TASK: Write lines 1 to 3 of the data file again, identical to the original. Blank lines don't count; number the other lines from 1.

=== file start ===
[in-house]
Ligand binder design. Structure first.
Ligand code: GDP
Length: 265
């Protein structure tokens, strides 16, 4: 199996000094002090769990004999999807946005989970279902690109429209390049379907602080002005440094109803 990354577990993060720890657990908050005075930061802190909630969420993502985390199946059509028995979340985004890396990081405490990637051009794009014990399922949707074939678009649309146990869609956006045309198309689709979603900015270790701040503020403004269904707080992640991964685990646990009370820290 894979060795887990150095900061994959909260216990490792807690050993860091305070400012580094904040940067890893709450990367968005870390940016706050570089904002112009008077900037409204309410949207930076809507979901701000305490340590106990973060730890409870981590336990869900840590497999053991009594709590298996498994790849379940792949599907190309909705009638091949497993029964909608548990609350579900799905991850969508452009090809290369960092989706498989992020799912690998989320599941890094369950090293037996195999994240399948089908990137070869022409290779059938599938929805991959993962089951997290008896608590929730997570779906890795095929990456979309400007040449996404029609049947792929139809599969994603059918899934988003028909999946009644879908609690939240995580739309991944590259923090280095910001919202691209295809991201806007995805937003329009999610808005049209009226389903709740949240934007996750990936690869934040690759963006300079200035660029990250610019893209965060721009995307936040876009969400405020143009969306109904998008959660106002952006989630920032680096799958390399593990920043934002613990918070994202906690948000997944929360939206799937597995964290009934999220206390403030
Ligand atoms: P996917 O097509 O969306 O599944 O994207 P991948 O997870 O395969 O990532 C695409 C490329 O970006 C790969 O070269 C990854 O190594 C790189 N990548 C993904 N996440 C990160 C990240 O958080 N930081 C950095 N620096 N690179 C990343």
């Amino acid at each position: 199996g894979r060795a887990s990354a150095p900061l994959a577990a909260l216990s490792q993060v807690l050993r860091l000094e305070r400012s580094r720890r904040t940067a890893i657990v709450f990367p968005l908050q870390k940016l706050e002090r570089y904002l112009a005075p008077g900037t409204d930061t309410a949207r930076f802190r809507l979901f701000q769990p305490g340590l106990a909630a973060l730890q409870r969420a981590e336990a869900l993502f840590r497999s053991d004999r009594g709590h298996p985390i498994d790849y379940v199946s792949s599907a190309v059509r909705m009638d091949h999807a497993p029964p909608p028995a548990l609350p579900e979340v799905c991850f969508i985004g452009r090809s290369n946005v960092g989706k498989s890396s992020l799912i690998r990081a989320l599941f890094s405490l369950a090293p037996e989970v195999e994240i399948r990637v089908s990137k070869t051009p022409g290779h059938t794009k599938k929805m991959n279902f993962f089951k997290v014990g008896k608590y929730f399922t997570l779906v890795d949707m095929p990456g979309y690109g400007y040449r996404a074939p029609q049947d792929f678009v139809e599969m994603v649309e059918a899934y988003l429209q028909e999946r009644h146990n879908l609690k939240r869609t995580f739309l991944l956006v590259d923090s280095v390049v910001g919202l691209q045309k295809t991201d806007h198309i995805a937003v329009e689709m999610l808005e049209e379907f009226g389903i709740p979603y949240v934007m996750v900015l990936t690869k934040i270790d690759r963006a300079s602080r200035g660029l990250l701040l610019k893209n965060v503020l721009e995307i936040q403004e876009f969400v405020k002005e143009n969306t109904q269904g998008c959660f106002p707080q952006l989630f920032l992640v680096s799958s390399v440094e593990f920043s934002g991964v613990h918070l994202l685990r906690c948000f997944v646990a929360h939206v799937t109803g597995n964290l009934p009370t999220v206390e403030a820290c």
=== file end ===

[in-house]
Ligand binder design. Structure first.
Ligand code: GDP